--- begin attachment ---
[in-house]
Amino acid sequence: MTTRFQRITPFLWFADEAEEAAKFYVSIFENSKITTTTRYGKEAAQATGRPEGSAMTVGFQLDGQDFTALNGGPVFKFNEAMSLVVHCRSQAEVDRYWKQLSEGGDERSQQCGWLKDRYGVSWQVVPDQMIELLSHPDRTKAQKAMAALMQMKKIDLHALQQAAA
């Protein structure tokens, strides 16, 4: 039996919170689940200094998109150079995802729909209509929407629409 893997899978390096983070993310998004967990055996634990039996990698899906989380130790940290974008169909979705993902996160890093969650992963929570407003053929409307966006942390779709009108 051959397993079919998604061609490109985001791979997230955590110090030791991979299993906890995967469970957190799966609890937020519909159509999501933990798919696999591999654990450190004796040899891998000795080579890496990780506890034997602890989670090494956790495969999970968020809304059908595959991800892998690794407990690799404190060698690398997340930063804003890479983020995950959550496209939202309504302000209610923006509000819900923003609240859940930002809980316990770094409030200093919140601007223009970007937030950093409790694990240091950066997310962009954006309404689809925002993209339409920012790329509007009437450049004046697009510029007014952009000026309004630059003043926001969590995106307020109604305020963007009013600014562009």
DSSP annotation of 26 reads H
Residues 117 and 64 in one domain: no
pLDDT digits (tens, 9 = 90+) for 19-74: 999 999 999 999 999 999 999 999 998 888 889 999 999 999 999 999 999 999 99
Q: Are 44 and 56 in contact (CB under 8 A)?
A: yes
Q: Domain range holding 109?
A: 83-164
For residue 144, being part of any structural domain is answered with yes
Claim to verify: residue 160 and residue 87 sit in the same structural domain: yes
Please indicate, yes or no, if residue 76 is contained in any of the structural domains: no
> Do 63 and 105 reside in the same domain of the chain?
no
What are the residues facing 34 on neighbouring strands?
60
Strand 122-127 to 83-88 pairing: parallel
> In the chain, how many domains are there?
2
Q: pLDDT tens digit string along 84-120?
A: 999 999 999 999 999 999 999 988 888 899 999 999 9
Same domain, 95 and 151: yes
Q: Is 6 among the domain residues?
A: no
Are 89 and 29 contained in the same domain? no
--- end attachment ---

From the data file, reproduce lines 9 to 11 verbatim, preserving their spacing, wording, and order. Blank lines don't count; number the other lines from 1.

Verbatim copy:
Q: Domain range holding 109?
A: 83-164
For residue 144, being part of any structural domain is answered with yes